Working the garden…

August 30, 2011 § 13 Comments

The summer here is bleaching the grass and the poolside palms into hibernation and limp lassitude, respectively…and there are insidious caterpillars chowing down on the petunias that have perpetuated since May.
So right about now, a garden can use all the help it can get. 
Enter the tree frog who does not limit himself  to trilling in the trees.
Apparently an avid eater of slugs, grubs, bugs (albeit tiny ones) and etceteras, he is more than welcome.
And hey, how ’bout that froggy smile?

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§ 13 Responses to Working the garden…

  • anno says:

    And hey, how ’bout that froggy smile?

    I, for one, just love it! What a great find! Hope you’re enjoying the transition to cooler weather.

    • oh says:

      Anno – ah, the transition to cooler weather…hmmm….i’m torn. I’m the one in the family who is always cold. I promise to embrace Fall each year thinking of all the wonderful plaids and blazers I grew up with back East.
      Still, I love summer. I love the sweetness of the air and the brilliant green and blue and shiny colors. OK, yeah, I love the seasons.
      As long as there are critters in the backyard to chronicle as we cycle through the seasons (wait! I love winter for the Holidays and for the sheer extreme of it….that is, ’til January…then I’m ready for summer).
      then all is good!

  • Typehype says:

    This picture is soooo cute.You must have earned the trust of all the critters that live in your area because they allow you get so close with your camera. I’m sorry to hear it’s still hot there. The weather here has been absolutely glorious (Irene, aside). Cooler temps had meant lots of time in Central Park at lunch time. Today, the NYC police dept. band assembled on Fifth Ave.around 6:00 p.m. to blow their bagpipes. It was magical.

    • oh says:

      What a setting – Central Park and bagpipes. glorious.
      So do you think you’re out of the high temps now? Ah, you probably are. I believe we’ll continue our heat blast tho’ there’s a breeze today, and the sky is “higher” – you know, that shift that comes somehow in September. Still I have my bathing suit on under my teeshirt and jeans!

    • oh says:

      Thanks, Kathleen – and you! how goes the travels? Sounds fabulous. You will certainly have tales to tell when you return. Looking forward to them!

  • shoreacres says:

    How old am I? Old enough to look at Mr. Tree Frog and hear those immortal words: “Plunk your magic twanger, Froggie!”

    Remember? The Buster Brown television show, circa 1950, one of the first to make the move from radio? Froggie lived in a grandfather clock, and was almost as endearing as your frog.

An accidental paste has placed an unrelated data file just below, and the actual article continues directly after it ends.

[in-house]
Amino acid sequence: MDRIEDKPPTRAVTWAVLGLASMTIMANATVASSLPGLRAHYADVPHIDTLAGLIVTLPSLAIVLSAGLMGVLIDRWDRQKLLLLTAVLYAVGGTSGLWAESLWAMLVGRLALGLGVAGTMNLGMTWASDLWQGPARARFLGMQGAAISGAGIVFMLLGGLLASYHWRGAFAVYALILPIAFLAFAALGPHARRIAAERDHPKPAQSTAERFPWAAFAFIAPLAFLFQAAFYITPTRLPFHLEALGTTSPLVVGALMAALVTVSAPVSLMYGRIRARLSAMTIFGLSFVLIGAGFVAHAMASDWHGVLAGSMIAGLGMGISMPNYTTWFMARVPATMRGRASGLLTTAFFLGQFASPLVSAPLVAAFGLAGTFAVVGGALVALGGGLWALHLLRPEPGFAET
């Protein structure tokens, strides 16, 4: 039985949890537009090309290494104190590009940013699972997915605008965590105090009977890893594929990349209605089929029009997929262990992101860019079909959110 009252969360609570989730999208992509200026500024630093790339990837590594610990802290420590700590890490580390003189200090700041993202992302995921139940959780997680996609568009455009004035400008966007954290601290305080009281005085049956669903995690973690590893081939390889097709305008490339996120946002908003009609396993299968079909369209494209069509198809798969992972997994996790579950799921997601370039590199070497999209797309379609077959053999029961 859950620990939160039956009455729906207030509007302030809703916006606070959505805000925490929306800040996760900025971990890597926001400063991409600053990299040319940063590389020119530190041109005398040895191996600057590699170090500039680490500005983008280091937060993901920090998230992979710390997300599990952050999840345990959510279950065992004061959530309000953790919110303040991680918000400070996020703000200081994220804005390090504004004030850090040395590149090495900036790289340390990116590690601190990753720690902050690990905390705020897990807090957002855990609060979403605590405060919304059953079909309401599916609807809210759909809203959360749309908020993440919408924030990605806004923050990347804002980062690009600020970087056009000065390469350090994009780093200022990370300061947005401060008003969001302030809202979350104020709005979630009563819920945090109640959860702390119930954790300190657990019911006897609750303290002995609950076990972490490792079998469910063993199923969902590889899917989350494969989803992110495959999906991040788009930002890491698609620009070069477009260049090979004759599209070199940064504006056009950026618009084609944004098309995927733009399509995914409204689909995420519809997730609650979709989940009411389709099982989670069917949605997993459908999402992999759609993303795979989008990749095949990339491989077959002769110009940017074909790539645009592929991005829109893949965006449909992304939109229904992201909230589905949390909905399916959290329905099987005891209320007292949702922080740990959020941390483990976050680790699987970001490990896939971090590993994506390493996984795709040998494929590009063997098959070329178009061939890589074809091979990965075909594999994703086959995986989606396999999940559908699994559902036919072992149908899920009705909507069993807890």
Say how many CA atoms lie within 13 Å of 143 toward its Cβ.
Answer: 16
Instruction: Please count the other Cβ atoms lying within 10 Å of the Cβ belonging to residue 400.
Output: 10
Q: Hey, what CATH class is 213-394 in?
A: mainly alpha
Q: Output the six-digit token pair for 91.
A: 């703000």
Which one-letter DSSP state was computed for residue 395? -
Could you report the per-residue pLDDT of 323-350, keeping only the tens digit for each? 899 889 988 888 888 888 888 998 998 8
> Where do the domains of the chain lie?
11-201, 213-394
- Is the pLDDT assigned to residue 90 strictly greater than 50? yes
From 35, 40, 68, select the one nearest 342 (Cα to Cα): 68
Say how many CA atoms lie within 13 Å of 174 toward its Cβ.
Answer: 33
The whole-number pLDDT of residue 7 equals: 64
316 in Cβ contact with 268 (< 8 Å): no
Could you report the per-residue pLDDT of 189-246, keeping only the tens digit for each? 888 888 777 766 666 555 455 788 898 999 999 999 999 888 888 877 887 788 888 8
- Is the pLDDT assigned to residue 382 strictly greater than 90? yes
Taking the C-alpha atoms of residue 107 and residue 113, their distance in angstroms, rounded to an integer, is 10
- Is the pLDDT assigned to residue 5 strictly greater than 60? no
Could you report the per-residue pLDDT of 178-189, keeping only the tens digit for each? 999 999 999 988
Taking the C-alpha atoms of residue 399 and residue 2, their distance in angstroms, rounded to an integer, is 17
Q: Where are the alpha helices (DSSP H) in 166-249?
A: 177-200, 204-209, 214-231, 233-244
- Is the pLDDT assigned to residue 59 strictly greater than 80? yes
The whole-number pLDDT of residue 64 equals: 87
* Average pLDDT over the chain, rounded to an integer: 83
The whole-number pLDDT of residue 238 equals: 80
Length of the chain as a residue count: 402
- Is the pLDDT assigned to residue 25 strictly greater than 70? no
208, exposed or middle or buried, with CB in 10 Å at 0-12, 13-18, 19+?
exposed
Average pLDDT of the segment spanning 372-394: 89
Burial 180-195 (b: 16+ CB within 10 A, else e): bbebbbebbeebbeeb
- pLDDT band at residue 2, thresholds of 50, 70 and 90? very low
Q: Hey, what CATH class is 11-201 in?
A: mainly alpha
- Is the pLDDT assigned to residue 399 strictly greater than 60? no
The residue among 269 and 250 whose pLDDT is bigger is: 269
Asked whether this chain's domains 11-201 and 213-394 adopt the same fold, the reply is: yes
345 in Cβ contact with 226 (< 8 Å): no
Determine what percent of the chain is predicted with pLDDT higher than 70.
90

Now, for bonus points – what was the name of Buster Brown’s dog? 😉

    • oh says:

      Tige! Loved Buster Brown. Having his sticker on the inside of my shoes made shoe shopping worth it as a kid.

      I don’t know “Froggie”, but HM does. And remembers the line. And it’s perfect with this picture.
      Actually, I should have shown scale a bit better. This is a very wee frog!

  • Arti says:

    It’s interesting to find what’s so common (or not so) creatures, great and small, on other people’s blog which I’ll never see in my neck of woods. Come to think of it, I haven’t seen a frog ever here, even by the river. Nice pic, and the little guy sure knows how to pose.

    • oh says:

      Yeah, it makes me wonder what he sees. I was pretty close to him, and there he is, staring back. But what, actually, does he make of a face? Dunno.

  • Corri says:

    What a wonderful chap! We had frogs once but they seem to have disappeared – perhaps it’s too cold this side of the pond!

    • oh says:

      Corri – Actually, I’d never seen this frog species in the northeast where I grew up. The ones back there were always huge, lumpy, a little offputting, as though they knew I wouldn’t mess with them and their rumored slime and unpredictable jumping.

      The little frogs here, very small, seem more tropical and have long fingers and are usually brightly colored. And they “trill” like mad in the eveings. They are quite fairy tales-esque. And far too delicate for colder climes.

  • jeanie says:

    You always shoot the best photos and this one is no exception! May your slugs disappear and your tree frog stay forever!

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